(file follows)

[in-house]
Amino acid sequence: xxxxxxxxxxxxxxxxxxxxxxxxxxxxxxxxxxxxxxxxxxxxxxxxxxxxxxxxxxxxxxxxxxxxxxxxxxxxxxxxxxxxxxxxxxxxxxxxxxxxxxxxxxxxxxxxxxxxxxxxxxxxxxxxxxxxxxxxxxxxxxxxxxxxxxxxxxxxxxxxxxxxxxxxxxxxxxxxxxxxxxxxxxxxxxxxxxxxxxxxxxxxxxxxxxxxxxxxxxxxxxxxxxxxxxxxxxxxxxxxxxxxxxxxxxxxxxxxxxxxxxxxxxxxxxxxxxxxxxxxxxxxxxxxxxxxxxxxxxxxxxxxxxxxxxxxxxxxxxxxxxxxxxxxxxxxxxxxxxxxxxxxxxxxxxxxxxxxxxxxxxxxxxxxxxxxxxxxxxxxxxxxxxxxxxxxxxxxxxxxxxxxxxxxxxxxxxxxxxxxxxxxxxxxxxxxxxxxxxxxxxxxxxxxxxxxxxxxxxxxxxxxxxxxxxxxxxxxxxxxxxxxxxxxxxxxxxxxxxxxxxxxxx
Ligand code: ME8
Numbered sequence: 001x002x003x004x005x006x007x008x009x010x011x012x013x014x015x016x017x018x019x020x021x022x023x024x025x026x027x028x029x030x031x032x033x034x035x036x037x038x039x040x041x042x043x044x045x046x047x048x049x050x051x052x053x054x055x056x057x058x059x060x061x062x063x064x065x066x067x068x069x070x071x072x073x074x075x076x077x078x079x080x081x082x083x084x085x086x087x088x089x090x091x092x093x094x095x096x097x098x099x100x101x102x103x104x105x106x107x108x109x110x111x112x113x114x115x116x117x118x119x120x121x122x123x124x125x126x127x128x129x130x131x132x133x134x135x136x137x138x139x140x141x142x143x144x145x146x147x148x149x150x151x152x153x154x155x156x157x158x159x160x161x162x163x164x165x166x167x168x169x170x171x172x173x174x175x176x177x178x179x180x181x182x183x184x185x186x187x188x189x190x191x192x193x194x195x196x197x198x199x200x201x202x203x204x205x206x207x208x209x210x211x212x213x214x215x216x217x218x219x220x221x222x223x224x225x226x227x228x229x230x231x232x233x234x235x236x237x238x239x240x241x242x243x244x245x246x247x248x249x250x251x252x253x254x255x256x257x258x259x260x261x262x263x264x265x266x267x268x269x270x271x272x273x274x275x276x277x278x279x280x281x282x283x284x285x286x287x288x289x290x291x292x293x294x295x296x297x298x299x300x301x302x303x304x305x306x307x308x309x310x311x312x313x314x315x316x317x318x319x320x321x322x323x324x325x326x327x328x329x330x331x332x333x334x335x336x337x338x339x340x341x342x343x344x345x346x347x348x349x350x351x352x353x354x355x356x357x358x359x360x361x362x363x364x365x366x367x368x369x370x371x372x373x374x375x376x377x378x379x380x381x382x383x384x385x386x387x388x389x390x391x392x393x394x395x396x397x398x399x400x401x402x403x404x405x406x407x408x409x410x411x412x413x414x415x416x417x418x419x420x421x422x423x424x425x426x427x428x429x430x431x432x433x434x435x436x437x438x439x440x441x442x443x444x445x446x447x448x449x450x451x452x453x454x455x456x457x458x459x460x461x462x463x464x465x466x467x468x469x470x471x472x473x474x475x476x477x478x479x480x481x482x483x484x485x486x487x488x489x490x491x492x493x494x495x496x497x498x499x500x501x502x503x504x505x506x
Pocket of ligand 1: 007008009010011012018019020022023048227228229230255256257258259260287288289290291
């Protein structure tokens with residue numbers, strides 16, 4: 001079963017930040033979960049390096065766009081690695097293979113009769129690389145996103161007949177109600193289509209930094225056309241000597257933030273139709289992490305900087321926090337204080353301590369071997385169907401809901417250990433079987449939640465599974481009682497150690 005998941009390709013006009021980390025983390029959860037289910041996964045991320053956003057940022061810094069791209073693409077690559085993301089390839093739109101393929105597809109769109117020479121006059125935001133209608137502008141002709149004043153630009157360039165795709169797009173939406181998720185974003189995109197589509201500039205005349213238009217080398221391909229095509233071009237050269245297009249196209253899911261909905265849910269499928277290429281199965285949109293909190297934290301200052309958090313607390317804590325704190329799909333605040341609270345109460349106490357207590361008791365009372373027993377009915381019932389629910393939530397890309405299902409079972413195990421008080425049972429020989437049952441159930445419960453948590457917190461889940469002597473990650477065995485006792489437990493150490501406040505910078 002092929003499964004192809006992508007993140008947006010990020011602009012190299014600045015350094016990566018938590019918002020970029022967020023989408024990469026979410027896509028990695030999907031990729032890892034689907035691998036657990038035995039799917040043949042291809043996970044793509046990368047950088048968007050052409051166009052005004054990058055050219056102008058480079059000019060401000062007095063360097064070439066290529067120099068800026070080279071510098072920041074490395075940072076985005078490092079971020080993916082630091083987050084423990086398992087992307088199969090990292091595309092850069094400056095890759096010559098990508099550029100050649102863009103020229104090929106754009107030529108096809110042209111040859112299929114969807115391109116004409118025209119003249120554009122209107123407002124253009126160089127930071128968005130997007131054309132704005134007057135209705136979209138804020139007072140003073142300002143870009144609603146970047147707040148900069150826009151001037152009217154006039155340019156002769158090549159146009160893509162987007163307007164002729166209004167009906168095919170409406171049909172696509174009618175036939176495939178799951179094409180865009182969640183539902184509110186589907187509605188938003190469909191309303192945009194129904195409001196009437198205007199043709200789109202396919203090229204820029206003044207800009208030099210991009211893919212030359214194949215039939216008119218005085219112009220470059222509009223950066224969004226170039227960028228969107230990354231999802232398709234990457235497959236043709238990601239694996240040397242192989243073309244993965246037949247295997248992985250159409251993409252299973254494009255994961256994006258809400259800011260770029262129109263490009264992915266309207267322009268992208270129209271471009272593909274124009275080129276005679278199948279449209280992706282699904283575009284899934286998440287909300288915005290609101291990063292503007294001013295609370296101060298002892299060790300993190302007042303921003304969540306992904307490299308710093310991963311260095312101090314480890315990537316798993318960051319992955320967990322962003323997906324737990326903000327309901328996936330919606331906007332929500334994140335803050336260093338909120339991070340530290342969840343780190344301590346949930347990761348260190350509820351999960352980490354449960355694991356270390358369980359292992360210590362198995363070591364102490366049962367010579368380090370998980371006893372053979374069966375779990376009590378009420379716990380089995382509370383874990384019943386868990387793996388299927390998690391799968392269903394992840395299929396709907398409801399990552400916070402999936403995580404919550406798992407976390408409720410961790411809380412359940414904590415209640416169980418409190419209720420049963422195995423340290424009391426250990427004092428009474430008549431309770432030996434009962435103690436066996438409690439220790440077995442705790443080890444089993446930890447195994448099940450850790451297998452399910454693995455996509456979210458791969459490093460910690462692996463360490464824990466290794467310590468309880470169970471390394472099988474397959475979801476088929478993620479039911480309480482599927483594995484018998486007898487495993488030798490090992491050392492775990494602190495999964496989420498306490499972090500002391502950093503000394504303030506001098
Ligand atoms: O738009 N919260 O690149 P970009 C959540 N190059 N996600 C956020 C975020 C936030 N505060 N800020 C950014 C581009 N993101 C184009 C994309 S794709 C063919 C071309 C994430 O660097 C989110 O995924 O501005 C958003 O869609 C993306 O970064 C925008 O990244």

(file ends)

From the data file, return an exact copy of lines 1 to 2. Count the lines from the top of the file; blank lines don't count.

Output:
[in-house]
Amino acid sequence: xxxxxxxxxxxxxxxxxxxxxxxxxxxxxxxxxxxxxxxxxxxxxxxxxxxxxxxxxxxxxxxxxxxxxxxxxxxxxxxxxxxxxxxxxxxxxxxxxxxxxxxxxxxxxxxxxxxxxxxxxxxxxxxxxxxxxxxxxxxxxxxxxxxxxxxxxxxxxxxxxxxxxxxxxxxxxxxxxxxxxxxxxxxxxxxxxxxxxxxxxxxxxxxxxxxxxxxxxxxxxxxxxxxxxxxxxxxxxxxxxxxxxxxxxxxxxxxxxxxxxxxxxxxxxxxxxxxxxxxxxxxxxxxxxxxxxxxxxxxxxxxxxxxxxxxxxxxxxxxxxxxxxxxxxxxxxxxxxxxxxxxxxxxxxxxxxxxxxxxxxxxxxxxxxxxxxxxxxxxxxxxxxxxxxxxxxxxxxxxxxxxxxxxxxxxxxxxxxxxxxxxxxxxxxxxxxxxxxxxxxxxxxxxxxxxxxxxxxxxxxxxxxxxxxxxxxxxxxxxxxxxxxxxxxxxxxxxxxxxxxxxxxx